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TitleAirborne gamma spectrometer-magnetic-VLF survey of northeastern Alberta
DownloadDownload (whole publication)
AuthorCharbonneau, B W; Holman, P B; Hetu, R J
SourceExploring for minerals in Alberta: Geological Survey of Canada geoscience contributions, Canada-Alberta Agreement on Mineral Development (1992-1995); by Macqueen, R W (ed.); Geological Survey of Canada, Bulletin 500, 1997 p. 107-1131, (Open Access)
PublisherNatural Resources Canada
Mediapaper; on-line; digital
RelatedThis publication is contained in Macqueen, R W; (1997). Exploring for minerals in Alberta: Geological Survey of Canada geoscience contributions, Canada-Alberta Agreement on Mineral Development (1992-1995), Geological Survey of Canada, Bulletin no. 500
File formatpdf
NTS74L/09; 74L/10; 74L/11; 74L/12; 74L/13; 74L/14; 74L/15; 74L/16; 74M
AreaLake Athabasca; Fort Chipewyan; Slave River
Lat/Long WENS-112.0000 -110.0000 60.0000 58.5000
Subjectsgeophysics; gamma-ray surveys; v l f surveys, airborne; v l f surveys; magnetic surveys, airborne; magnetic surveys; uranium; thorium; potassium; uranium thorium ratios; uranium potassium ratios; thorium-potassium ratios; geophysical surveys; mineralization; geophysical interpretations; lithogeochemistry; Precambrian; Proterozoic
Illustrationssketch maps; analyses; photomicrographs
ProgramCanada-Alberta Agreement on Mineral Development, 1992-1995
Released1997 10 01
AbstractThe survey (10 000 km2) presented at 1:250 000 scale, based on 1 km flight line spacing, comprises 12 colour geophysical maps, a geological mineral occurrence map, and a set of 146 stacked multiparameter profiles. The digitally recorded survey is ideal for integration with other data sets acquired during this MDA and for geophysical modelling.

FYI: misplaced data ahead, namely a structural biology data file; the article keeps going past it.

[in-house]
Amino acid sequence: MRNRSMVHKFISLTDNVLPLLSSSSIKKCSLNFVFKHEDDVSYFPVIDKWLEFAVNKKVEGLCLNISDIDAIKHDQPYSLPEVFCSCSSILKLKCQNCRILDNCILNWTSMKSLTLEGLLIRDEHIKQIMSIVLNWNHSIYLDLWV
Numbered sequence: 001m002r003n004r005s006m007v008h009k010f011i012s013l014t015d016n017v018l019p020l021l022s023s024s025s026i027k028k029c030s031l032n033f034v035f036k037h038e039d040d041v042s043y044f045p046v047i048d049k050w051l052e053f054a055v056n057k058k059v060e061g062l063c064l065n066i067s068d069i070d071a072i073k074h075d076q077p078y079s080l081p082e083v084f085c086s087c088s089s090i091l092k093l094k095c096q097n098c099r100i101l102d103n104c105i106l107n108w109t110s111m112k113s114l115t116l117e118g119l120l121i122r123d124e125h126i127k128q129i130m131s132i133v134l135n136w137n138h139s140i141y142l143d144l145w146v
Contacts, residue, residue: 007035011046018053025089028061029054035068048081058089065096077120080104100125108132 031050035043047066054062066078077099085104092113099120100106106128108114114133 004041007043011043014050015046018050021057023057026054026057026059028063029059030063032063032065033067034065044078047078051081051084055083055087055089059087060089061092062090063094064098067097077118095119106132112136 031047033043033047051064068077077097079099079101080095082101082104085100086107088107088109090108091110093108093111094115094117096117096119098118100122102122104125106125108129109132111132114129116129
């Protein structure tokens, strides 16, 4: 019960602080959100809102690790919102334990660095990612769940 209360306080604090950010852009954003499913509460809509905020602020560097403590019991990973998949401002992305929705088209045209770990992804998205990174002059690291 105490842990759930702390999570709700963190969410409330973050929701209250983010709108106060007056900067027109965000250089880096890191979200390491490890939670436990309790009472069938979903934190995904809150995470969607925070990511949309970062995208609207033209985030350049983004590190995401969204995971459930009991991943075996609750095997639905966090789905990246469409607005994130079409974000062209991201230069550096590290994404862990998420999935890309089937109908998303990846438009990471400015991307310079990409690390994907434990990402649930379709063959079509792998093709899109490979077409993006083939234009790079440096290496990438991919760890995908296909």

The radioelement distribution patterns provide significant information over the peraluminous igneous rocks. The thorium and uranium/thorium ratio map patterns are controlled by monazite which hosts most of the thorium and is generally accompanied by zircon. Uraninite and uranothorianite host most of the uranium. The more thoriferous magmatic rocks are less evolved (lower differentiation index) and have greater amounts of biotite, monazite and zircon. The more evolved magmatic rocks (more felsic) generally have lower thorium concentrations, which corresponds to less monazite and zircon. Areas of high potassium (with a low Th/K ratio) commonly relate to evolved granitoids although some anomalies may indicate potassium alteration.
Magnetic patterns relate to magnetite/ilmenite with some hematization of magnetite. The magnetic maps are particularly useful in outlining geological structure and faulting. VLF patterns correlate with fractures and high-grade metasedimentary bands and in places indicate sulphide-rich conductors.
Geophysical signatures have often been linked to processes which point to mineralization and potential exists for U, Mo, Cu, Sn, W, REE and Au. In northeastern Alberta such linkages are not currently recognized with the exception of VLF anomalies coincident with certain sulphide-rich metasedimentary bands and uranium anomalies relating to some uranium occurrences. However, with further investigation of observed geophysical patterns, correlations with mineralized systems may be recognized.